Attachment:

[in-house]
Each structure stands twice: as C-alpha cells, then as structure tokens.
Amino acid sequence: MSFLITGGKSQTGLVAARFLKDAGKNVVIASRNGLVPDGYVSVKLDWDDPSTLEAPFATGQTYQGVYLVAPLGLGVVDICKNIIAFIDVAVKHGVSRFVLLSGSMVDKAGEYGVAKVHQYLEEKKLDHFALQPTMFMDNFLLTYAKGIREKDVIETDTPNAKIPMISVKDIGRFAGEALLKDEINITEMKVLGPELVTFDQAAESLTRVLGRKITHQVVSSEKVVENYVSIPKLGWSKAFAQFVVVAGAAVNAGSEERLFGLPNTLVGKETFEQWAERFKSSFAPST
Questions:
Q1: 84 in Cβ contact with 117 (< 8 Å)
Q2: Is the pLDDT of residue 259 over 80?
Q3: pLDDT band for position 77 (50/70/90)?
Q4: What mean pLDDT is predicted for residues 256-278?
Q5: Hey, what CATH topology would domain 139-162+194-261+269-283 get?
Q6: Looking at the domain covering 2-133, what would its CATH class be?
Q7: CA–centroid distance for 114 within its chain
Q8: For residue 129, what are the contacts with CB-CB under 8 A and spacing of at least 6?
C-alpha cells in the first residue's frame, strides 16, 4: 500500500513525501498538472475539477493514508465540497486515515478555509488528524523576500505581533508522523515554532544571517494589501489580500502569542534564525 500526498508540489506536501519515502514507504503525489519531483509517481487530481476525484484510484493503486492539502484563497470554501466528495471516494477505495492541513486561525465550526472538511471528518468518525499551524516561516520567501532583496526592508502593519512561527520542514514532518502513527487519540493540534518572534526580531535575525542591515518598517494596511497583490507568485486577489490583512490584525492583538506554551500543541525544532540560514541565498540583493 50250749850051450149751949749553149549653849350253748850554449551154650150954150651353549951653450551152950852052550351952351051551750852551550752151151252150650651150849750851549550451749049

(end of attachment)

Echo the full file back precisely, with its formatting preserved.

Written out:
[in-house]
Each structure stands twice: as C-alpha cells, then as structure tokens.
Amino acid sequence: MSFLITGGKSQTGLVAARFLKDAGKNVVIASRNGLVPDGYVSVKLDWDDPSTLEAPFATGQTYQGVYLVAPLGLGVVDICKNIIAFIDVAVKHGVSRFVLLSGSMVDKAGEYGVAKVHQYLEEKKLDHFALQPTMFMDNFLLTYAKGIREKDVIETDTPNAKIPMISVKDIGRFAGEALLKDEINITEMKVLGPELVTFDQAAESLTRVLGRKITHQVVSSEKVVENYVSIPKLGWSKAFAQFVVVAGAAVNAGSEERLFGLPNTLVGKETFEQWAERFKSSFAPST
Questions:
Q1: 84 in Cβ contact with 117 (< 8 Å)
Q2: Is the pLDDT of residue 259 over 80?
Q3: pLDDT band for position 77 (50/70/90)?
Q4: What mean pLDDT is predicted for residues 256-278?
Q5: Hey, what CATH topology would domain 139-162+194-261+269-283 get?
Q6: Looking at the domain covering 2-133, what would its CATH class be?
Q7: CA–centroid distance for 114 within its chain
Q8: For residue 129, what are the contacts with CB-CB under 8 A and spacing of at least 6?
C-alpha cells in the first residue's frame, strides 16, 4: 500500500513525501498538472475539477493514508465540497486515515478555509488528524523576500505581533508522523515554532544571517494589501489580500502569542534564525 500526498508540489506536501519515502514507504503525489519531483509517481487530481476525484484510484493503486492539502484563497470554501466528495471516494477505495492541513486561525465550526472538511471528518468518525499551524516561516520567501532583496526592508502593519512561527520542514514532518502513527487519540493540534518572534526580531535575525542591515518598517494596511497583490507568485486577489490583512490584525492583538506554551500543541525544532540560514541565498540583493 50250749850051450149751949749553149549653849350253748850554449551154650150954150651353549951653450551152950852052550351952351051551750852551550752151151252150650651150849750851549550451749049